Complementarian comfort

A congregation that teaches biblical gender distinctions feels like home

TriCity Church in Port Coquitlam, B.C., part of the Canadian Conference of Mennonite Brethren Churches. — CCMBC TriCity Church in Port Coquitlam, B.C., part of the Canadian Conference of Mennonite Brethren Churches. — CCMBC

For the first 50 years of my life, I attended churches that were patriarchal/complementarian: They believed men and women have different but complementary roles in marriage, family life and religious leadership. These churches were part of evangelical denominations. I do not recall any women wanting more gender equality.

Then, well into my sixth decade of life, my husband and I moved to a new community and joined a church that belonged to the Presbyterian Church of Canada. The denomination permitted ordination of women, but the congregation only had men as lead pastors while we were there. Occasionally, women studying at a nearby seminary would preach. Initially it felt uncomfortable to sit under the preaching of women when men were present.

Then, in 2021, the PCC voted to approve same-sex marriage and the ordination of practicing gay and lesbian people. This was more than just uncomfortable for me and my husband. We believed it was contrary to scripture and the historic Christian faith. We began to search for and pray about a new church home.

We believe God led us to an Anabaptist congregation: TriCity Church in Port Coquitlam, B.C., part of the Canadian Conference of Mennonite Brethren Churches.

Anabaptism is not unfamiliar to us. Our grandparents were Mennonite Brethren in southern Russia (now Ukraine) and immigrated to Canada in the 1920s. To find a Mennonite Brethren church in our community has felt like we’re coming home.

It also feels like home in another way: The church is complementarian/patriarchal, something that we had moved away from for about 15 years.

Why would we want to go backwards, so to speak, when we had been part of a church that was egalitarian? There are several reasons:

1. TriCity Church, only six years old, is thriving and growing. Average Sunday attendance is close to 600, with the majority being young families. The facility is not large, so there are three gatherings. We’re praying about when and where we may be able to plant another congregation to allow for further growth. By contrast, the egalitarian church we left has been without a pastor for nine months and has dwindled considerably, making it unlikely they’ll be able to afford a pastor’s salary.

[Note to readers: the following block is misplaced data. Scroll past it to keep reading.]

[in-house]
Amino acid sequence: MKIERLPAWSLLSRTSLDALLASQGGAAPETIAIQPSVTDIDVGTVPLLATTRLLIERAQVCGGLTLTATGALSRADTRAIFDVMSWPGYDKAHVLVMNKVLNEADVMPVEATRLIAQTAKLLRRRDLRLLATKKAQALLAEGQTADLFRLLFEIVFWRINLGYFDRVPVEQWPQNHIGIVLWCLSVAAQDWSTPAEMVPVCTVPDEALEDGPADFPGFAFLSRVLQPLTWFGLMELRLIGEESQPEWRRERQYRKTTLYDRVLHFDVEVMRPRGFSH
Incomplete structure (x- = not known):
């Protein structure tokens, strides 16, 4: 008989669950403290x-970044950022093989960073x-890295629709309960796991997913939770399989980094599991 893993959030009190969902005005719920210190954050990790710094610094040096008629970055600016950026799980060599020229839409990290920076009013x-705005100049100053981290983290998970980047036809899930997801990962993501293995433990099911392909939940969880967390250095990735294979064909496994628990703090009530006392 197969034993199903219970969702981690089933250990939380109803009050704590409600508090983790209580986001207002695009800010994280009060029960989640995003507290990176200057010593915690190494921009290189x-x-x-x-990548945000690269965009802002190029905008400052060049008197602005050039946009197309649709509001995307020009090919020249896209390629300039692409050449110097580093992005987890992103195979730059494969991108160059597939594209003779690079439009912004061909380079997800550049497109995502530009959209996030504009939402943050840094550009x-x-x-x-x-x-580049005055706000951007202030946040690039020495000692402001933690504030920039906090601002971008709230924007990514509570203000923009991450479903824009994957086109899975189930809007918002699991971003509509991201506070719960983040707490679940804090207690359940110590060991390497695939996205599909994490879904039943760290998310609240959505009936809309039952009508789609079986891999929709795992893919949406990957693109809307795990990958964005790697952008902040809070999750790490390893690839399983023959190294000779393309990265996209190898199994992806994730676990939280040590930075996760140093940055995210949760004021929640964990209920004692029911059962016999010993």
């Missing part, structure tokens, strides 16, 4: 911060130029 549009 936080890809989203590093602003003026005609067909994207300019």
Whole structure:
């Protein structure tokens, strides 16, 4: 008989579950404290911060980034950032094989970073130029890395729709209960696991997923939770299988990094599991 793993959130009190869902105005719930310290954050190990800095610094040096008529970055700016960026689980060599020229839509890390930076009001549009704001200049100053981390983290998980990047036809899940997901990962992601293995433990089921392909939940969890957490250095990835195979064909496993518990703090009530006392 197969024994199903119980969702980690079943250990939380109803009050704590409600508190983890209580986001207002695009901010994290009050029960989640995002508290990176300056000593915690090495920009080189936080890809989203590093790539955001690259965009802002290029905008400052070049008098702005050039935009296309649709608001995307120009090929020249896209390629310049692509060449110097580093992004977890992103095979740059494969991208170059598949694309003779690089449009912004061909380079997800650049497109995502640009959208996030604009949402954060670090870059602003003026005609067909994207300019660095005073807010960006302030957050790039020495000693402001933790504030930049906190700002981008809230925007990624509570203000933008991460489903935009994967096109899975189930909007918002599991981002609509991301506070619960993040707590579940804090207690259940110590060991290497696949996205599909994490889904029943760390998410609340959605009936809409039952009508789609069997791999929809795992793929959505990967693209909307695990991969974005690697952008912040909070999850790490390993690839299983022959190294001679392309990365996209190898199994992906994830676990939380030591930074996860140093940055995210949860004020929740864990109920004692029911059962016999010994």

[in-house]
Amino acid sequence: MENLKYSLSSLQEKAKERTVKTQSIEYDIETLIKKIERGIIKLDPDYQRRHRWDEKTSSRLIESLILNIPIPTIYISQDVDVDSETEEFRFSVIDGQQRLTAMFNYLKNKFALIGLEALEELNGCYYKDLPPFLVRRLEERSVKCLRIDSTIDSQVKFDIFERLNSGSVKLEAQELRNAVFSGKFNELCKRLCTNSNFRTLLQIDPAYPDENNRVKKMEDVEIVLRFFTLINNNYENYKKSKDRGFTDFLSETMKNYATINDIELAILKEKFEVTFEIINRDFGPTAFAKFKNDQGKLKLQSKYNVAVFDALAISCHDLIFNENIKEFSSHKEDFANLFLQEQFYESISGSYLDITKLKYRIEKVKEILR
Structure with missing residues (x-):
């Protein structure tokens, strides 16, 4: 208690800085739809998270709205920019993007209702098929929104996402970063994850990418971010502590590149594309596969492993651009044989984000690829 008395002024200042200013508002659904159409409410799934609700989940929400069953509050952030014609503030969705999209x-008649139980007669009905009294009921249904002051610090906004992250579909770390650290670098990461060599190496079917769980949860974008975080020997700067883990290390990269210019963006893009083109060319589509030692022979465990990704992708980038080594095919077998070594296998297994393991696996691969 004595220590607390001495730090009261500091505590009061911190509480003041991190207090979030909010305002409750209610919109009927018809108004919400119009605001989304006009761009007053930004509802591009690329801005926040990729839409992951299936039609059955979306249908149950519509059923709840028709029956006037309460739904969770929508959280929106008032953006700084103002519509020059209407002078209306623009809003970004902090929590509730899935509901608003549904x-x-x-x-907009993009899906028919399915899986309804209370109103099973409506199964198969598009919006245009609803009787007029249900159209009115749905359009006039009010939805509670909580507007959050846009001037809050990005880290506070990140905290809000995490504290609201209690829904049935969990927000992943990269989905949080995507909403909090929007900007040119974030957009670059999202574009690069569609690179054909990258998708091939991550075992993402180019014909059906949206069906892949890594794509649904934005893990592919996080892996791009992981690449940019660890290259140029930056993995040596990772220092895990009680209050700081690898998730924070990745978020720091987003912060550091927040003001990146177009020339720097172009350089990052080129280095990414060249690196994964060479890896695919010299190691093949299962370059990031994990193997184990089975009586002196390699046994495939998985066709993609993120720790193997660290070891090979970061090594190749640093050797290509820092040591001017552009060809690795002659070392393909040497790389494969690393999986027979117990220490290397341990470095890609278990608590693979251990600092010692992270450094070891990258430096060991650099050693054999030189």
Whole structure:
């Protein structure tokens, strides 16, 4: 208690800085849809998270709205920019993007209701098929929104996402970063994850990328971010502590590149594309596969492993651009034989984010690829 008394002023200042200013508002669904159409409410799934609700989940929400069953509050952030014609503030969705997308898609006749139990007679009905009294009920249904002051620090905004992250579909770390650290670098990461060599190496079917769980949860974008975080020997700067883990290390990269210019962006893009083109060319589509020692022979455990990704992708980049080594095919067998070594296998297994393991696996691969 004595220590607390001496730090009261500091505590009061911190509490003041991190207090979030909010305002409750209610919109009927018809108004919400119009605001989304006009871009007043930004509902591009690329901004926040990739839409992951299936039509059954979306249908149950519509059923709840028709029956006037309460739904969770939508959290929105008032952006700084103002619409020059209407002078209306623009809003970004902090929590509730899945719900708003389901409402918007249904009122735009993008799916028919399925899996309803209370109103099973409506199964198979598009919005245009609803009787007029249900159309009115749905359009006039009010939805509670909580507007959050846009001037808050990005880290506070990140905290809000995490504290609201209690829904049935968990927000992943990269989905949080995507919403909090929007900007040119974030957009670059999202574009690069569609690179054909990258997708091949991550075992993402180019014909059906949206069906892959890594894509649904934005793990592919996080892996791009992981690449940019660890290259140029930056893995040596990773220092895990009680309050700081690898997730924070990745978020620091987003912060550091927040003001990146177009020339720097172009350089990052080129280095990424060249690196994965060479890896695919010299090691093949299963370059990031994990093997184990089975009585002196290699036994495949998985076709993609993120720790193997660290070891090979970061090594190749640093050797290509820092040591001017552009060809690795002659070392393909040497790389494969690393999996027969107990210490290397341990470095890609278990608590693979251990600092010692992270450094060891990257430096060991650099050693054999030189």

2. While TriCity Church is open about its complementarian/patriarchal perspective, it welcomes people who hold other viewpoints. However, leadership has made it clear that their complementarian stance is firm and not debatable. That said, their position on this issue was not our primary reason for attending TriCity Church. It was their preaching of the gospel as found in the entirety of scripture — we’re all sinners who need to repent and believe in Jesus — that we found compelling.

3. After studying the biblical passages that address the topic of men and women in the home and church (Genesis 1-2; Ephesians 5:21-33; Colossians 3:18-19; 1 Corinthians 11:2-16; 14:33b-35; 1 Timothy 2:8-15; 3:1-13; 1 Peter 3:1-7) and reading books by theologians and scholars on both sides of the issue, I’m convinced the Bible presents God’s wise plan for headship for men and submission for women within marriage and the church. Because this plan was initiated at the time of creation, before the Fall, it’s not a mandate for men to have power but to have authority.

I agree with Kevin DeYoung, who wrote in his 2022 book, Men and Women in the Church: “The biblical pattern of male leadership is never an excuse for ignoring women, belittling women, overlooking the contributions of women or abusing women in any way. The truest form of biblical complementarity calls on men to protect women, honor women, speak kindly and thoughtfully to women and to find every appropriate way to learn from them and include them in life and ministry — in the home and in the church.”

Joyce Bergen of Coquitlam, B.C., is a retired teacher of adult English as a second language learners.

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